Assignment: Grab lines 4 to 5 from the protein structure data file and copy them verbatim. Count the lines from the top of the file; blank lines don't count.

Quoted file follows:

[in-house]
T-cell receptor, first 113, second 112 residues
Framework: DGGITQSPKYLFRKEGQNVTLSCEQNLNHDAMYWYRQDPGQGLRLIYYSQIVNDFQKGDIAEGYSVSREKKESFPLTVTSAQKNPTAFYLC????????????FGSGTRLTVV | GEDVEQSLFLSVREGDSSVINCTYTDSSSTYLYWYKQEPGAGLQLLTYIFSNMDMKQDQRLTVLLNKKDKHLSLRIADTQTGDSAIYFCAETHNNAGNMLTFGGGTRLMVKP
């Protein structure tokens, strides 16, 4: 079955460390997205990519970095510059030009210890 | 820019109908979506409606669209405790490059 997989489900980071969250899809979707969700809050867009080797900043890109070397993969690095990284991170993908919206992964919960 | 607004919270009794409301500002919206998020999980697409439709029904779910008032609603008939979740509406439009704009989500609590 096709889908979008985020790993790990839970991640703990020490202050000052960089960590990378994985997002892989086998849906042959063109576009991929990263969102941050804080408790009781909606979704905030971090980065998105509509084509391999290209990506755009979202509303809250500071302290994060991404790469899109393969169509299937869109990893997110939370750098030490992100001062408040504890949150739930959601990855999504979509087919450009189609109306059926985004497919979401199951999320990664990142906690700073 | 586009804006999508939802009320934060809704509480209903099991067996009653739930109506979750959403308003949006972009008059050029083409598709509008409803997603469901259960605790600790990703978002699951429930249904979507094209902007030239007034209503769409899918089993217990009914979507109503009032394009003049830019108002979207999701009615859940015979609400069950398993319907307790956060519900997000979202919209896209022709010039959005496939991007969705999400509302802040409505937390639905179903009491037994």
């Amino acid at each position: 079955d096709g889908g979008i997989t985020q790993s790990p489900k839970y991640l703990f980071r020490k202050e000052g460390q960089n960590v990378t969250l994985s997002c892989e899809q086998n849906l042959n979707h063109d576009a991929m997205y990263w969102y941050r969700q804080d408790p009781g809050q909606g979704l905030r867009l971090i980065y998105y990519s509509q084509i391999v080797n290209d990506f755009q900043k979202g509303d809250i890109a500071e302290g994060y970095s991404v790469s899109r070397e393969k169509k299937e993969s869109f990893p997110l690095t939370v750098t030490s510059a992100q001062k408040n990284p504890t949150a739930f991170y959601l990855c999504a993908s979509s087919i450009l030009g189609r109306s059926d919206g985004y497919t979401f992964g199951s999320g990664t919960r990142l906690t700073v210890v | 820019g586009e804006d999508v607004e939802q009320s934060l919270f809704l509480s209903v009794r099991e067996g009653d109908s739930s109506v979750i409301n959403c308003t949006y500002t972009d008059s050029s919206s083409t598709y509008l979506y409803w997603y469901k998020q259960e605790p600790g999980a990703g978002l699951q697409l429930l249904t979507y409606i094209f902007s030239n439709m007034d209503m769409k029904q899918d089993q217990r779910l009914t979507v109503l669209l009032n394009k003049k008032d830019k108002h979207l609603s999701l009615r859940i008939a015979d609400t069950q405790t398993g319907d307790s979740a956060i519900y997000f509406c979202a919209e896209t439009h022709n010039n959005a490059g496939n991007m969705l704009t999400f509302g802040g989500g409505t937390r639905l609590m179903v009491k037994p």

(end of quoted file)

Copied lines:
């Protein structure tokens, strides 16, 4: 079955460390997205990519970095510059030009210890 | 820019109908979506409606669209405790490059 997989489900980071969250899809979707969700809050867009080797900043890109070397993969690095990284991170993908919206992964919960 | 607004919270009794409301500002919206998020999980697409439709029904779910008032609603008939979740509406439009704009989500609590 096709889908979008985020790993790990839970991640703990020490202050000052960089960590990378994985997002892989086998849906042959063109576009991929990263969102941050804080408790009781909606979704905030971090980065998105509509084509391999290209990506755009979202509303809250500071302290994060991404790469899109393969169509299937869109990893997110939370750098030490992100001062408040504890949150739930959601990855999504979509087919450009189609109306059926985004497919979401199951999320990664990142906690700073 | 586009804006999508939802009320934060809704509480209903099991067996009653739930109506979750959403308003949006972009008059050029083409598709509008409803997603469901259960605790600790990703978002699951429930249904979507094209902007030239007034209503769409899918089993217990009914979507109503009032394009003049830019108002979207999701009615859940015979609400069950398993319907307790956060519900997000979202919209896209022709010039959005496939991007969705999400509302802040409505937390639905179903009491037994």
């Amino acid at each position: 079955d096709g889908g979008i997989t985020q790993s790990p489900k839970y991640l703990f980071r020490k202050e000052g460390q960089n960590v990378t969250l994985s997002c892989e899809q086998n849906l042959n979707h063109d576009a991929m997205y990263w969102y941050r969700q804080d408790p009781g809050q909606g979704l905030r867009l971090i980065y998105y990519s509509q084509i391999v080797n290209d990506f755009q900043k979202g509303d809250i890109a500071e302290g994060y970095s991404v790469s899109r070397e393969k169509k299937e993969s869109f990893p997110l690095t939370v750098t030490s510059a992100q001062k408040n990284p504890t949150a739930f991170y959601l990855c999504a993908s979509s087919i450009l030009g189609r109306s059926d919206g985004y497919t979401f992964g199951s999320g990664t919960r990142l906690t700073v210890v | 820019g586009e804006d999508v607004e939802q009320s934060l919270f809704l509480s209903v009794r099991e067996g009653d109908s739930s109506v979750i409301n959403c308003t949006y500002t972009d008059s050029s919206s083409t598709y509008l979506y409803w997603y469901k998020q259960e605790p600790g999980a990703g978002l699951q697409l429930l249904t979507y409606i094209f902007s030239n439709m007034d209503m769409k029904q899918d089993q217990r779910l009914t979507v109503l669209l009032n394009k003049k008032d830019k108002h979207l609603s999701l009615r859940i008939a015979d609400t069950q405790t398993g319907d307790s979740a956060i519900y997000f509406c979202a919209e896209t439009h022709n010039n959005a490059g496939n991007m969705l704009t999400f509302g802040g989500g409505t937390r639905l609590m179903v009491k037994p």